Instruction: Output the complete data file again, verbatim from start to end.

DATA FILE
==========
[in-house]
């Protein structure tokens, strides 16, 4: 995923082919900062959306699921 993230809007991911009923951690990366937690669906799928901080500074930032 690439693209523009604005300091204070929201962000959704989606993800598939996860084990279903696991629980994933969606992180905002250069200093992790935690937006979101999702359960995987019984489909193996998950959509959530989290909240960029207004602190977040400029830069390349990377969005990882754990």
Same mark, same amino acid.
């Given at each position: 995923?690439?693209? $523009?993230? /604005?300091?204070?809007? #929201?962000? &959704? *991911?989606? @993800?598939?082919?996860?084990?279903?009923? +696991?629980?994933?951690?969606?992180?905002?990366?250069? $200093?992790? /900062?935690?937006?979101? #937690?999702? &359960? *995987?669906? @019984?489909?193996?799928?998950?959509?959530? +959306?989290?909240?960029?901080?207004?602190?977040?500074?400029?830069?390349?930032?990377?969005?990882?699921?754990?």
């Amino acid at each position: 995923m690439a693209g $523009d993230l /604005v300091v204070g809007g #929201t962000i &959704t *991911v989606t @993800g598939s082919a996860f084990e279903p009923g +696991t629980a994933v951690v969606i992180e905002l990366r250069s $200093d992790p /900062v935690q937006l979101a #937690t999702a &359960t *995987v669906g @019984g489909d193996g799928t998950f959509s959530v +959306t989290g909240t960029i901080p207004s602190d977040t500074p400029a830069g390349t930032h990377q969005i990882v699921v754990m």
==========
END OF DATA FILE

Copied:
[in-house]
């Protein structure tokens, strides 16, 4: 995923082919900062959306699921 993230809007991911009923951690990366937690669906799928901080500074930032 690439693209523009604005300091204070929201962000959704989606993800598939996860084990279903696991629980994933969606992180905002250069200093992790935690937006979101999702359960995987019984489909193996998950959509959530989290909240960029207004602190977040400029830069390349990377969005990882754990």
Same mark, same amino acid.
């Given at each position: 995923?690439?693209? $523009?993230? /604005?300091?204070?809007? #929201?962000? &959704? *991911?989606? @993800?598939?082919?996860?084990?279903?009923? +696991?629980?994933?951690?969606?992180?905002?990366?250069? $200093?992790? /900062?935690?937006?979101? #937690?999702? &359960? *995987?669906? @019984?489909?193996?799928?998950?959509?959530? +959306?989290?909240?960029?901080?207004?602190?977040?500074?400029?830069?390349?930032?990377?969005?990882?699921?754990?």
């Amino acid at each position: 995923m690439a693209g $523009d993230l /604005v300091v204070g809007g #929201t962000i &959704t *991911v989606t @993800g598939s082919a996860f084990e279903p009923g +696991t629980a994933v951690v969606i992180e905002l990366r250069s $200093d992790p /900062v935690q937006l979101a #937690t999702a &359960t *995987v669906g @019984g489909d193996g799928t998950f959509s959530v +959306t989290g909240t960029i901080p207004s602190d977040t500074p400029a830069g390349t930032h990377q969005i990882v699921v754990m």